Sailfish is Finnish company Jolla's version of Nokia's MeeGo mobile OS and it looks like the bastard child of Android and Windows Phone. Will it succeed? By I.D. Scales.
There is a satisfying arc so far to the Jolla story. Theme: passionate techies and managers thwarted by short-sighted 'big company' management.
Plot: acclaimed mobile OS project abandoned; execs adopt project and vow to develop it themselves; big company appears to falter under its new OS strategy; first Sailfish phone launched and Jolla becomes a rip-roaring success. Roll credits.
This week Jolla showed off the Sailfish mobile OS - or at least it showed the user interface - and gave the industry an insight into progress so far. As we all know, Nokia decided to go with Microsoft's Windows in early 2011 and ditched further MeeGo development having launched the MeeGo-based N9 which (despite being an end-of-the-line offering) did rather well.
A group of executives left to continue the work, apparently with Nokia's blessing, and formed Jolla to give MeeGo a new lease of life.
Sailfish is first fruit and the company has released a video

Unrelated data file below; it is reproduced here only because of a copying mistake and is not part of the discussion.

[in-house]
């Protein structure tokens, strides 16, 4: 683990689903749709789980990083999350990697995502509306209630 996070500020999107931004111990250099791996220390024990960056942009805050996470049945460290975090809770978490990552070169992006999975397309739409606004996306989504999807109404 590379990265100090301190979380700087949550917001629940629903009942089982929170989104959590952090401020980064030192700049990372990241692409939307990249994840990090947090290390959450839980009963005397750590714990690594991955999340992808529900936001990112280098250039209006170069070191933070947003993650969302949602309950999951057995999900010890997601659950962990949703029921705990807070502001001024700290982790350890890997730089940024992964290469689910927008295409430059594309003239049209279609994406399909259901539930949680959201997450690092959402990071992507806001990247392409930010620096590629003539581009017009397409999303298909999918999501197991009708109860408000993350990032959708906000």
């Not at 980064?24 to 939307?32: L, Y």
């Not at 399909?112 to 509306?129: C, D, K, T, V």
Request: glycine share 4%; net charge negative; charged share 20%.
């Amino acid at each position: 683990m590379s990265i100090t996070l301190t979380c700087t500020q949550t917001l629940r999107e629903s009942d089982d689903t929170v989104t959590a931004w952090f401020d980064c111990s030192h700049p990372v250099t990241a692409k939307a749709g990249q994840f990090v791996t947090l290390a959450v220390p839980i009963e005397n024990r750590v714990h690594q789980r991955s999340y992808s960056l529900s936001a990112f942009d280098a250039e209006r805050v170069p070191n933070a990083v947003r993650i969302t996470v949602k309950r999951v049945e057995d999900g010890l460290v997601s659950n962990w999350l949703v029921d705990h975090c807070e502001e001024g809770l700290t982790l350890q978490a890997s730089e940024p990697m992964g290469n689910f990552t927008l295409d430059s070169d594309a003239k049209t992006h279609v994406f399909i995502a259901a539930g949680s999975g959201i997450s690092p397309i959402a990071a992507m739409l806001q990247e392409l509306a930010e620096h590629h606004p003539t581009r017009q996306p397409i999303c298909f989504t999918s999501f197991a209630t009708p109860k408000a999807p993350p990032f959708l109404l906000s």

to give a flavour of what the OS will at least look like (and in the world of the mobile OS its the UI that is at least half - maybe more - the battle).
The consensus is that it's a cross - certain aspects behave in a Windows tiles-like fashion, but there's also a distinctly Android flavour to the whole thing.
The first products using Sailfish will, it's claimed, arrive next year and, like Android (with which it is compatible - Android apps will run on Sailfish) the OS will work across devices with tablets TVs and automotive systems all being targeted.
Jolla also previewed the Sailfish Software Development Kit (SDK) based on the Qt Creator cross-platform environment also dumped by Nokia in favour of its Windows strategy.
In other signs of progress Jolla announced that it had an agreement with Finnish mobile operator DNA to support the Sailfish device(s) and a deal with ST-Ericsson for chipsets.
So will it really be able to break out of the Nordic market (in fact, will it first be able to break into the Nordic market?). Obviously it faces stiff competition, but Jolla has garnered a reported €200 million in start-up finance and it will have the distinct advantage of being able to support Android apps as a kickstarter.
Last but not least, it is counting on generating buy-in from Europe's considerable Nokia developer base still smarting from the Nokia U-turn to Redmond.
Watch out for those all-important SDK download figures.
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